TALLAHASSEE — The Florida Department of Law Enforcement on Monday raided the home of a former Department of Health data analyst who has been running an alternative website to the state’s coronavirus dashboard, alleging that she may have broken into a state email system and sent an unauthorized message to employees.
But Rebekah Jones, who was was fired from her job in May as the geographic information system manager for health department’s Division of Disease Control and Health Protection and who has since filed a whistleblower complaint against the state, denied having any role in the alleged intrusion into the state web site and instead said she believes Monday’s action was intended to silence her.
Jones said state police came into her house at 8:30 a.m., at gunpoint and, over the course of three hours, swept her house and took her cell phone and several laptops that contained COVID-19 data that she has accumulated over several months.
“This was a threat,” Jones said in an interview with the Times/Herald at her home Monday night. “It is one thing to point a gun six inches away from my face and threaten me. It is another to point it at my 2-year-old’s face.”
Her lawyer, Lawrence Walters, called the state’s claim that she accessed the state email system “baseless.” He said the raid “could be retaliation” for Jones’ public defiance against her former employer and said the state’s seizure of her computers could be an attempt to undermine her lawsuit.
“Access to our confidential and privileged information shouldn’t be used by our adversaries in a litigation,’’ he said. “It’s extremely rare. It’s close to unprecedented, and it’s dangerous for the judicial system.”
Allegation of manipulated data
Jones was fired in May after she complained in an email to users of a state data portal that the state was manipulating data. She announced that she had been removed from overseeing the dashboard and hinted that she had been stripped of the responsibility as a result of raising concerns about the state’s commitment to transparency.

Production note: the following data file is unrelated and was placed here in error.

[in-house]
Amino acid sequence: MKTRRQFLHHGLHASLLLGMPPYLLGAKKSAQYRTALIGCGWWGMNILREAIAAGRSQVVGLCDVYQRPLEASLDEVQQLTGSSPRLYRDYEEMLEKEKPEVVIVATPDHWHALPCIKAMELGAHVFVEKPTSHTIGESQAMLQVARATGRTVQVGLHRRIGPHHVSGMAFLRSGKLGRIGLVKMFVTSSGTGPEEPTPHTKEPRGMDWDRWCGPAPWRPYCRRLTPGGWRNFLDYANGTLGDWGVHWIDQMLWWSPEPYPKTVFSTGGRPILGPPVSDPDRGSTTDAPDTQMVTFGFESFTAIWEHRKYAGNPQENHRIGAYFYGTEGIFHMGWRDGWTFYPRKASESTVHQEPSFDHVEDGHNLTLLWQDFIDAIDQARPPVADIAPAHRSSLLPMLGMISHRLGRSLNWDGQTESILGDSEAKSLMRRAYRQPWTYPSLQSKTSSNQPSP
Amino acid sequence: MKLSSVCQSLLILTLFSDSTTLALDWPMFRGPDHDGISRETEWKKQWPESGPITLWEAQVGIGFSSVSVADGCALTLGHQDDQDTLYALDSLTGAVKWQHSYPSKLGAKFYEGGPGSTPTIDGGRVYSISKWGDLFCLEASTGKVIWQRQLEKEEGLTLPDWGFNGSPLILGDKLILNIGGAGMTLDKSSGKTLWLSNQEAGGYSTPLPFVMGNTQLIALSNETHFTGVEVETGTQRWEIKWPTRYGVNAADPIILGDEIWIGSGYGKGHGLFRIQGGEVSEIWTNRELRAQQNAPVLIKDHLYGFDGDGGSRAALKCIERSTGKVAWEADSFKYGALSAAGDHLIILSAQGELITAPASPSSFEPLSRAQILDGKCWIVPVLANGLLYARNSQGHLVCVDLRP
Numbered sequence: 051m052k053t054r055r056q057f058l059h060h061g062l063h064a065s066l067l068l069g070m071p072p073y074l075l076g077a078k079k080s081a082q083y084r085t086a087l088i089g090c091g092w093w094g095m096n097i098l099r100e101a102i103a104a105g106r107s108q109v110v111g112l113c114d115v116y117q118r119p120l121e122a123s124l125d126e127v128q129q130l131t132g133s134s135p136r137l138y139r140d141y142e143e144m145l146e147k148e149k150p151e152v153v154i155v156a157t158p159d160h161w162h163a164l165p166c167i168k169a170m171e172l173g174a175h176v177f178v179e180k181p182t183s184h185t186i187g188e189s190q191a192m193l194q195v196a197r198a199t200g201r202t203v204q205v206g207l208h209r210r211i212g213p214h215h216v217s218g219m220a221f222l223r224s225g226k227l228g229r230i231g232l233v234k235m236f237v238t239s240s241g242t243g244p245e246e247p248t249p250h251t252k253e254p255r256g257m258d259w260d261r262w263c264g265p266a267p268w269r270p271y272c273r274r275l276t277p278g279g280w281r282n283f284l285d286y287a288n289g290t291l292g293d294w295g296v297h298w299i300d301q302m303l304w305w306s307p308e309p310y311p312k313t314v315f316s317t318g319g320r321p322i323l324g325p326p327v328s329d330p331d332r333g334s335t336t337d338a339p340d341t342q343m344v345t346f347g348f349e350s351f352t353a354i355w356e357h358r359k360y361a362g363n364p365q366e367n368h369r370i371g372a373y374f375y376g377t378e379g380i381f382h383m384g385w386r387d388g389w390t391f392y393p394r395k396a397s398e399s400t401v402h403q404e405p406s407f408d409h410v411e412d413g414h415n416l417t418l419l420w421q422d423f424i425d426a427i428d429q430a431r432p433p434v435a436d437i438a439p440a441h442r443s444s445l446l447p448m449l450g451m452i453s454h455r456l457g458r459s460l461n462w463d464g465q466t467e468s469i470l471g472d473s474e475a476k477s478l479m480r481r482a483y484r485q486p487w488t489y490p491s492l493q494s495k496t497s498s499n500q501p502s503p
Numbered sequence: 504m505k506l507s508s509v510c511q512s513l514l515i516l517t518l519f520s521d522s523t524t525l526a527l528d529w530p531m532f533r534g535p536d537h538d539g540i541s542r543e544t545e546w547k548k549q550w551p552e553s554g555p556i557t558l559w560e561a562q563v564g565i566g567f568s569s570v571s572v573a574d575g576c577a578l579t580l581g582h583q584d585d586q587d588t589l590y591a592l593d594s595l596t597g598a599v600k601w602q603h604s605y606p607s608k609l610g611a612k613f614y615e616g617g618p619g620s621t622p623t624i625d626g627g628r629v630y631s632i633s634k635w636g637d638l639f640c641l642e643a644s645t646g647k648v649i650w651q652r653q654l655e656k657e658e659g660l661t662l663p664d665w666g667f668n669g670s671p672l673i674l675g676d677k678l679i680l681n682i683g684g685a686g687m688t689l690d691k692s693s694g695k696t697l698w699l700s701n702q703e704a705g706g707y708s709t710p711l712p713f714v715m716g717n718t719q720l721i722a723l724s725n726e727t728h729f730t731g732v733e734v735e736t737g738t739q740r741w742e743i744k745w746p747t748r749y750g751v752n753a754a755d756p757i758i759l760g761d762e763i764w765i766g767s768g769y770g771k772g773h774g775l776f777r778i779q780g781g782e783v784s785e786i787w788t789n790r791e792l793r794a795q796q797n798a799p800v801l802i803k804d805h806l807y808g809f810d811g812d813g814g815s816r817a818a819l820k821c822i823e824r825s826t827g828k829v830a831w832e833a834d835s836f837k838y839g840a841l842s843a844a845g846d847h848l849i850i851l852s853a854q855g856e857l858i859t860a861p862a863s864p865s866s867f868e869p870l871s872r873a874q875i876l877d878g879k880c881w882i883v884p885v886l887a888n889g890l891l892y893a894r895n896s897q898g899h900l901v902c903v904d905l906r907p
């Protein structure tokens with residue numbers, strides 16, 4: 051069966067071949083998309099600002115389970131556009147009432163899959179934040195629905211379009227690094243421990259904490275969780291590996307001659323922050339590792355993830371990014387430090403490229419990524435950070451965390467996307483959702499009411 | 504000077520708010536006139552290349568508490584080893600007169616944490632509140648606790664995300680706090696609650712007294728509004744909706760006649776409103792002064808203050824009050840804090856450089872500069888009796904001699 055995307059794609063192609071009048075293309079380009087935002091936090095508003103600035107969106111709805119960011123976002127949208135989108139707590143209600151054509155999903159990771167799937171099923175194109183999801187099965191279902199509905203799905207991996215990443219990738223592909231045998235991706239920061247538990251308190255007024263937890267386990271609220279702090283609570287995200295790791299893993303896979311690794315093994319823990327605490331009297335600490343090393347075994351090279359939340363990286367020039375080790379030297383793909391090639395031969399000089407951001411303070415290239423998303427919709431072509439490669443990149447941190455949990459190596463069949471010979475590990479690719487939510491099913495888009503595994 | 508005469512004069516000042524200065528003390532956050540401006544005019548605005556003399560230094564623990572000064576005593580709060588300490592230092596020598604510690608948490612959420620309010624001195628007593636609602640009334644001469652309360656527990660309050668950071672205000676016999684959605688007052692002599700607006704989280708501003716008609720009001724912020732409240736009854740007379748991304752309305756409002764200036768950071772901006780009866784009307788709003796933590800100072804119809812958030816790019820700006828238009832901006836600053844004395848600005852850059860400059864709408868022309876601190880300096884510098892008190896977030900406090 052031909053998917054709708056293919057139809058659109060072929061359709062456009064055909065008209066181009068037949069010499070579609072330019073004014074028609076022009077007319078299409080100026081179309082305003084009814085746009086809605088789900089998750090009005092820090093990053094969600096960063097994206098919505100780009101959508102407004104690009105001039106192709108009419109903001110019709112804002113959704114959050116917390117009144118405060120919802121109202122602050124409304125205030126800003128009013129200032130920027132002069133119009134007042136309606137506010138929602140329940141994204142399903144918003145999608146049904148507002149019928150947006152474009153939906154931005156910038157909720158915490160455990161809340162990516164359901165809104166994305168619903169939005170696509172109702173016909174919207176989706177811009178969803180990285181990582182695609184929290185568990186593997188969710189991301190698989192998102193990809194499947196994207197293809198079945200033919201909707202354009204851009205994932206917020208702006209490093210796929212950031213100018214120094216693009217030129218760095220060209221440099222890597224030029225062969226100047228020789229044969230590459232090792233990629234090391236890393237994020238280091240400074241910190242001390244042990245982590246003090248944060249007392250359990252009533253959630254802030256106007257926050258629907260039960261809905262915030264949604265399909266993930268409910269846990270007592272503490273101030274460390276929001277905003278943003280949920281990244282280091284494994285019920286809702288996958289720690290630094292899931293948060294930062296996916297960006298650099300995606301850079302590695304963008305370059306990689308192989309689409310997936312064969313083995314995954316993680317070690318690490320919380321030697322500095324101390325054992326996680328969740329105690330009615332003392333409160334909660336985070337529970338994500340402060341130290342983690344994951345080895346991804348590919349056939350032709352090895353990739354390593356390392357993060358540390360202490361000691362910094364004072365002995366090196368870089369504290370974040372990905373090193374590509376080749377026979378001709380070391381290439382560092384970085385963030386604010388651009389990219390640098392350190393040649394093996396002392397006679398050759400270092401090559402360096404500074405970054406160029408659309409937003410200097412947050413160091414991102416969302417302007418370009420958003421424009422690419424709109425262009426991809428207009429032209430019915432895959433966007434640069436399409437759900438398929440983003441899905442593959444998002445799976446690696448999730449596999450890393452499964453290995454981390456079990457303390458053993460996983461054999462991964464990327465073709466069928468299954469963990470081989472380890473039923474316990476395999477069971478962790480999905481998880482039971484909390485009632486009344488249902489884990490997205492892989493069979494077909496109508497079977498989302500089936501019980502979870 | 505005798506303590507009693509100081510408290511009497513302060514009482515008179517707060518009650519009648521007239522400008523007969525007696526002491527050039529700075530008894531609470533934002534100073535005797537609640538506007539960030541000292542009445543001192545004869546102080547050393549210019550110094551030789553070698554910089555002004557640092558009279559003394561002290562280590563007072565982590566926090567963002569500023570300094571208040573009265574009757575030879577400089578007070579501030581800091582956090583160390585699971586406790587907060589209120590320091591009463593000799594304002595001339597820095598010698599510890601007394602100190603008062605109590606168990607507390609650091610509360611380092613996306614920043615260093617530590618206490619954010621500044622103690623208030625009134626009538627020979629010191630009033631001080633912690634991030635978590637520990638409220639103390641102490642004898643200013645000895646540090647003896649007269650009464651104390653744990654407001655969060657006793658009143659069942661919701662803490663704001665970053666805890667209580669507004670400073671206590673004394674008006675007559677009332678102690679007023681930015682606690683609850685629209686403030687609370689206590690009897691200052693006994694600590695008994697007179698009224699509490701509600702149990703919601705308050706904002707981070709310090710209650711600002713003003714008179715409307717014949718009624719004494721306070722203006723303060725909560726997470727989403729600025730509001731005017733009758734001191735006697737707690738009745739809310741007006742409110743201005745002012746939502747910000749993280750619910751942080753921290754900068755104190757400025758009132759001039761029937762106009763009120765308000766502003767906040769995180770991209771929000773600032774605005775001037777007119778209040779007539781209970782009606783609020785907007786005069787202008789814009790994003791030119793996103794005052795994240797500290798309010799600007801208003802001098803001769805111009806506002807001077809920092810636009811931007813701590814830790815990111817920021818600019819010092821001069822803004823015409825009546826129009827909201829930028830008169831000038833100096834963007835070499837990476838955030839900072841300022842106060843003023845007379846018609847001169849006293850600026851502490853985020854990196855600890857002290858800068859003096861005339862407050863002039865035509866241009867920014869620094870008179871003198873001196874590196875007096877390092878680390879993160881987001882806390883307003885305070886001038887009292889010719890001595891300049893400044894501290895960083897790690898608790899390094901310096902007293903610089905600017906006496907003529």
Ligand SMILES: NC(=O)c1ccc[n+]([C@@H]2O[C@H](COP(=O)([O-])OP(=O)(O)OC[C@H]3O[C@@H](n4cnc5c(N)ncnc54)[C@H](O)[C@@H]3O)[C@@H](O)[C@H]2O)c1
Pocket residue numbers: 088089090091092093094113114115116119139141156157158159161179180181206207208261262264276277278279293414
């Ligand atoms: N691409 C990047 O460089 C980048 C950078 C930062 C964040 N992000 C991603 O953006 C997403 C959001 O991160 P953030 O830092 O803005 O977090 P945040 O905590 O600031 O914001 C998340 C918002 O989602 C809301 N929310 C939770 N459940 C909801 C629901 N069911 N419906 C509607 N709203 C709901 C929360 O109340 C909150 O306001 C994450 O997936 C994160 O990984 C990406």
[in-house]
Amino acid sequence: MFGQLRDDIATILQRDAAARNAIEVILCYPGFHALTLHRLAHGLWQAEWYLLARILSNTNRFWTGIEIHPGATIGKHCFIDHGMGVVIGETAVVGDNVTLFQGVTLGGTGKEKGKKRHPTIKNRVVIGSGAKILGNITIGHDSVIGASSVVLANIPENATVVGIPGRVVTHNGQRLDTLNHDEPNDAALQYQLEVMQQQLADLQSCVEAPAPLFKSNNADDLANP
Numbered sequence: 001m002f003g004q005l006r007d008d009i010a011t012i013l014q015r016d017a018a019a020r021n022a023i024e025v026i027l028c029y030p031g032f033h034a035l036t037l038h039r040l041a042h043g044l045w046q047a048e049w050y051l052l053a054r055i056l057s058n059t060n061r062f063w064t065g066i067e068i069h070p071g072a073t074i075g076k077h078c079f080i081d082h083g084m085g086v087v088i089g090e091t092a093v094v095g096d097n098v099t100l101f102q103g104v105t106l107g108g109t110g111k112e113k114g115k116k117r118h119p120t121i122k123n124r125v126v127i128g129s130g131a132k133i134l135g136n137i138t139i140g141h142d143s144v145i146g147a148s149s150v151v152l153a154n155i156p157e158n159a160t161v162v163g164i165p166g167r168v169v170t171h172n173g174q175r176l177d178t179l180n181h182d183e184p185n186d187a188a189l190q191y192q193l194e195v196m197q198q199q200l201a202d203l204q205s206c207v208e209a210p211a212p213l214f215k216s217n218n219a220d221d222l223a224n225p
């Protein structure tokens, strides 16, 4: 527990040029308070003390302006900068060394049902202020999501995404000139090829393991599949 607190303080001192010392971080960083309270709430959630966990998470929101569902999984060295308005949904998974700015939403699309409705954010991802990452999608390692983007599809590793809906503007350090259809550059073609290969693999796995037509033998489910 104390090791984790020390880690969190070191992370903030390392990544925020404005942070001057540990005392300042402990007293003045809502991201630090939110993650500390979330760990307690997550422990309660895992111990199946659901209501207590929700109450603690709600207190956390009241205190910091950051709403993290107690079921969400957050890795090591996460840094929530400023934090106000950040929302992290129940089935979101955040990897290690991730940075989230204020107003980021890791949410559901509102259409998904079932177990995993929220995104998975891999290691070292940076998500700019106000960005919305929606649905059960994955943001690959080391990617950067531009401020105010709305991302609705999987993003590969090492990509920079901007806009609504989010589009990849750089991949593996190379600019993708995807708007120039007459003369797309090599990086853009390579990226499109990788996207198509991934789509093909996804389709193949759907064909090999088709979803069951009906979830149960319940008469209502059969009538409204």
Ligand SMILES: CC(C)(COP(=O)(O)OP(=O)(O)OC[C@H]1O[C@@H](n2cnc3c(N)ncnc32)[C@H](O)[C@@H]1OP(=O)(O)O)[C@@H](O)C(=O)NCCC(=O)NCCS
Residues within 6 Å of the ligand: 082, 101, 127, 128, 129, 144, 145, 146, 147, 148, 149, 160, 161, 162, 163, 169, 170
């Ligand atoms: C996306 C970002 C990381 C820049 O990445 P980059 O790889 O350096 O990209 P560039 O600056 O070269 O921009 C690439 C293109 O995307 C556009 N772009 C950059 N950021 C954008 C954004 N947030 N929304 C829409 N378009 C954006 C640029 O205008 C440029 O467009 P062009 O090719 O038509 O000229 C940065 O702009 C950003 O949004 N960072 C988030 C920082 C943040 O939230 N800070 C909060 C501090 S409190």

The FDLE said in a statement late Monday that it issued the search warrant after suspecting Jones of being responsible for sending an unauthorized message to members of the State Emergency Response Team charged with coordinating the public health and medical response.
The Nov. 10 message, obtained by the Tampa Bay Times, urged recipients to “speak up before another 17,000 people are dead. You know this is wrong. You don’t have to be a part of this. Be a hero. Speak out before it’s too late.” At the time of the message, Florida had reported 17,460 coronavirus-related deaths among Florida residents and non-residents.
The FDLE said in its statement that the search warrant was issued for Jones’ Tallahassee home and it began an investigation “after receiving a complaint from the Department of Health regarding unauthorized access to a Department of Health messaging system which is part of an emergency alert system, to be used for emergencies only. Agents believe someone at the residence on Centerville Court illegally accessed the system.”
Jones denied any involvement in the hack.
“Hacking is not something I ever thought they would accuse me of because I have never displayed any capability of doing that,” she said. “I’ve never taken any computer courses or anything like that. I do statistics in a software program designed basically to do all that stuff for you by clicking stuff.”
In an affidavit signed by FDLE investigator Noel Pratt on Dec. 3, he concluded the email message was sent to approximately 1,750 accounts before it was discovered. Pratt said in the affidavit that he tracked down the IP address of the computer associated with the email and it directed him to Jones’ home address, which he said was probable cause to conduct a search of her property and seize her computers.
Jones said FDLE agents told her the Department of Health’s inspector general’s office gave them her IP address. “I guess they just signed off on that and showed up at my house with guns,’’ she said.
Serving the search warrant
The FDLE said that when agents arrived at Jones’ home, “they knocked on the door and called Ms. Jones in an attempt to minimize disruption to the family.